The Pittsburgh Foundation

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Critical Condition

A signature fundraising program generates a record-breaking $1.27 million to nonprofits providing basic needs.

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Heritage Community Initiatives

MOST OF THE TIME, a person’s ability to make it in the world comes down to one thing: the ability to show up.

James Alexander learned that lesson after the Port Authority of Allegheny County eliminated his bus route to McKeesport, where he worked as a customer service representative.

“I’ve had a car in the past, but I just couldn’t afford one at that time,” says Alexander, who lives on Route 30 in North Versailles. “I really depended on the 60M to get to the office.”

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Just Harvest Education Fund


TWO DAYS BEFORE he was released from a long hospital stay, Mark Scanlan realized he was going home to an empty refrigerator, with no food stamps or money to buy food. A 60-year-old resident of the South Side, he left a secure job in food services to care for his mother in New Jersey, who was undergoing chemotherapy. A year later, when he returned to Pittsburgh after her death, he was unable to find work and qualified for food stamps.

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Scholarship Search 2.0

STAFF PROFILEFOR DECADES, donors have turned to The Pittsburgh Foundation’s scholarship program to honor people they love and orga­nizations they admire. Thanks to a dedicated team of staff members, the Foundation now administers 324 scholarships, making the program the sixth largest nationally for community foundations.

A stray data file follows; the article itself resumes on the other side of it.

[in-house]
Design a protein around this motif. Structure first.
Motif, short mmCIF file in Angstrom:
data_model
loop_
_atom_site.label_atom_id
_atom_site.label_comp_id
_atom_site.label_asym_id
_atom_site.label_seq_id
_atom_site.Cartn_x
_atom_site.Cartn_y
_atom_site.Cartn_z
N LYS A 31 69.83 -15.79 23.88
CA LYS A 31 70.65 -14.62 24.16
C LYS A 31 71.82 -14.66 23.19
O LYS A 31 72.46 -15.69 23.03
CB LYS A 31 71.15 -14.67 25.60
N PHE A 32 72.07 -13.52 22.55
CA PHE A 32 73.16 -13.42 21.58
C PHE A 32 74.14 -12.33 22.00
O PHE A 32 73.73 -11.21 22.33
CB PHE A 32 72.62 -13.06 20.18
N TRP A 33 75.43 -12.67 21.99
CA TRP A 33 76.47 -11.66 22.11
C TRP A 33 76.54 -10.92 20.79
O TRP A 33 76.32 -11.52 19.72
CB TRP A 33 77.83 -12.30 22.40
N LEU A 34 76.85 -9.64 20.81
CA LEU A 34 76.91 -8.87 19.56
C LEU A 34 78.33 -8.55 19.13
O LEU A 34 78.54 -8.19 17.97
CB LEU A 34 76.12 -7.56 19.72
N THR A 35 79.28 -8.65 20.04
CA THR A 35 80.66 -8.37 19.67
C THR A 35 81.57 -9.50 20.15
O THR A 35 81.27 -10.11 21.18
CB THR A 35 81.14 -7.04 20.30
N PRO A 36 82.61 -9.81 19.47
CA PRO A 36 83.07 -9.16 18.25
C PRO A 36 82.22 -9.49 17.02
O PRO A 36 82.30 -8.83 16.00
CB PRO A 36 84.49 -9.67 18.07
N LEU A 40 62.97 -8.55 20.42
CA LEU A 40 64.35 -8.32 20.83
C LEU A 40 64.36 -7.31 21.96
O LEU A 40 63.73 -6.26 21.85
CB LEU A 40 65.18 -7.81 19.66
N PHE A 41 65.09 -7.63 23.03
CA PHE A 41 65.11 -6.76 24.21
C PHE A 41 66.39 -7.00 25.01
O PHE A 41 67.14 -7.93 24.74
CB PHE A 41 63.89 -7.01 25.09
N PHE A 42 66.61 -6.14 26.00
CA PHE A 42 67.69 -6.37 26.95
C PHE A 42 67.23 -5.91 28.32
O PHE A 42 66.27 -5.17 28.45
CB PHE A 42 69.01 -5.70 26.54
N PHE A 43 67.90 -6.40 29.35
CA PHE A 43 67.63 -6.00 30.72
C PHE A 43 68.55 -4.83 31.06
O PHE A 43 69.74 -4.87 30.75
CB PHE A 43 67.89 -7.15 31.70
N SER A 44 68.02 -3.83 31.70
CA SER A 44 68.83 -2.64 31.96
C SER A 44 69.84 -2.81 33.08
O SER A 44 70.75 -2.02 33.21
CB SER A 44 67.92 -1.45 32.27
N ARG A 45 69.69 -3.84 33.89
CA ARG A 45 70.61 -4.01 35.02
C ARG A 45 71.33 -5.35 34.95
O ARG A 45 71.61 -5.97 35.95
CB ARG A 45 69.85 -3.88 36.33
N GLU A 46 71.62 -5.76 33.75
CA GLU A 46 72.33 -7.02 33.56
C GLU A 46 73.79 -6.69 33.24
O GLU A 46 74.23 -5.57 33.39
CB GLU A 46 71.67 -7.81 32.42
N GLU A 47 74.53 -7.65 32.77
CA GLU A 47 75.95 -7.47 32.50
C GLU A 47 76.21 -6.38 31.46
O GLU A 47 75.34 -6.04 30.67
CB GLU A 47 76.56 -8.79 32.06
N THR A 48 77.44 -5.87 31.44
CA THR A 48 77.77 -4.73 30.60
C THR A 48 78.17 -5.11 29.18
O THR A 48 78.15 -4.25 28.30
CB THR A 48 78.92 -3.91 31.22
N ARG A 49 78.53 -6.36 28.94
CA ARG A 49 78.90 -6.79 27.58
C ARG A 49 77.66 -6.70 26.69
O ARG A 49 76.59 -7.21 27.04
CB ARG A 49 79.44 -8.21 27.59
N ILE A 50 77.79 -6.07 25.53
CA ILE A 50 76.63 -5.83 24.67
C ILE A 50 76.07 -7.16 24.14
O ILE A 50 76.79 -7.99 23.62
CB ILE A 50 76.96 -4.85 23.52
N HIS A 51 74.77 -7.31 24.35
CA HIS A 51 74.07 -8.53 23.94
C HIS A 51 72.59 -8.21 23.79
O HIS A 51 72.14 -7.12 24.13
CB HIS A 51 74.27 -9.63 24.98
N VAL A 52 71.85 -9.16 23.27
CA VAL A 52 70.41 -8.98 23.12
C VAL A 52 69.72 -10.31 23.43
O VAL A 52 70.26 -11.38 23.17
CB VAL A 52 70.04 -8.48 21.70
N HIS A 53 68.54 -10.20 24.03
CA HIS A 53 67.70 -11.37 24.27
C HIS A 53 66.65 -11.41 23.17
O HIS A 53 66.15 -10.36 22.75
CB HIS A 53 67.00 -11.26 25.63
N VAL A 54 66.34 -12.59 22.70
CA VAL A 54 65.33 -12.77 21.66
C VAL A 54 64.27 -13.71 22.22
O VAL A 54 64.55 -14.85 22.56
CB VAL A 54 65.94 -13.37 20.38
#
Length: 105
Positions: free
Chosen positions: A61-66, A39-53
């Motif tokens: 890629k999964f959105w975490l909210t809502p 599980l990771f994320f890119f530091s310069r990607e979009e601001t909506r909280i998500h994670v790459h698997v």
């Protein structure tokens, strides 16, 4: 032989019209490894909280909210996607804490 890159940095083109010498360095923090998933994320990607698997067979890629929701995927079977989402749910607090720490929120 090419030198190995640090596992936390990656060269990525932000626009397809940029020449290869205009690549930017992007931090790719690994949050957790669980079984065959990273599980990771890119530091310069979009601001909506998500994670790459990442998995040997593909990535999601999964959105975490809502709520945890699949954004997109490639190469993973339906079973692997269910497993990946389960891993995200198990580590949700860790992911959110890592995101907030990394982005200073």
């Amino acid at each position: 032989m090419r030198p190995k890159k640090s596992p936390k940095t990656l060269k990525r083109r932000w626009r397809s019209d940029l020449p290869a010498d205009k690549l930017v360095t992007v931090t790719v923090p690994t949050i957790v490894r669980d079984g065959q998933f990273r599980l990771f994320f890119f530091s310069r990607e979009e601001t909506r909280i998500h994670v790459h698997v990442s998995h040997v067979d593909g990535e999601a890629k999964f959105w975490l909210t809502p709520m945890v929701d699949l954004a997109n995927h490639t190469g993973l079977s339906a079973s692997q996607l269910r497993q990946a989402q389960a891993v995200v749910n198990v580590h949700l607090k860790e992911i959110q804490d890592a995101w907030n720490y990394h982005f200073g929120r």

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Small and Mighty

Streamlines the grant-seeking process and bridges the funding gap for nonprofits with annual budgets of less than $600,000

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Anchorpoint Counseling Ministries

SARAH, A SINGLE MOTHER from the North Hills who asked that her last name not be used, struggled with depression after her husband left, but couldn’t afford mental health counseling for herself or her two children.

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Squirrel Hill Health Center

THEY STREAM INTO the brick office building on Browns Hill Road, week after week: growing numbers of immigrants and refugees, along with minimum-wage workers and people juggling multiple low-paying jobs.

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Pittsburgh responds to U.S. exit from Paris climate agreement

On Thursday, President Trump announced he would pull the United States out of the landmark international agreement that commits the 195 nations signing it to adopt green energy sources, cut down on climate change emissions and limit the rise of global temperatures — while also cooperating to cope with the impact of unavoidable climate change. The agreement acknowledges that the threat of climate change is "urgent and potentially irreversible," and can only be addressed through "the widest possible cooperation by all countries" and "deep reductions in global emissions."

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In Memoriam: Henry Hillman and Dan Rooney

A message from Maxwell King

The death of Henry Hillman just days after the loss of another devoted son of Pittsburgh, Dan Rooney, reinforces the hard realization that a 20th Century generation of remarkable men and women who were giants in the lives they led is finishing its course. 

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Day of Giving Redux

Nearly $6 million was raised for nonprofits in Allegheny, Westmoreland and Butler counties over the two Day of Giving events held this year.

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Jeremiah's Place: 100 Percent Pittsburgh

The Pittsburgh Foundation’s 100 Percent Pittsburgh organizing principle is working to address the risk of poverty facing single women with children by funding nonprofits such as Jeremiah’s Place, the region's only emergency child care center.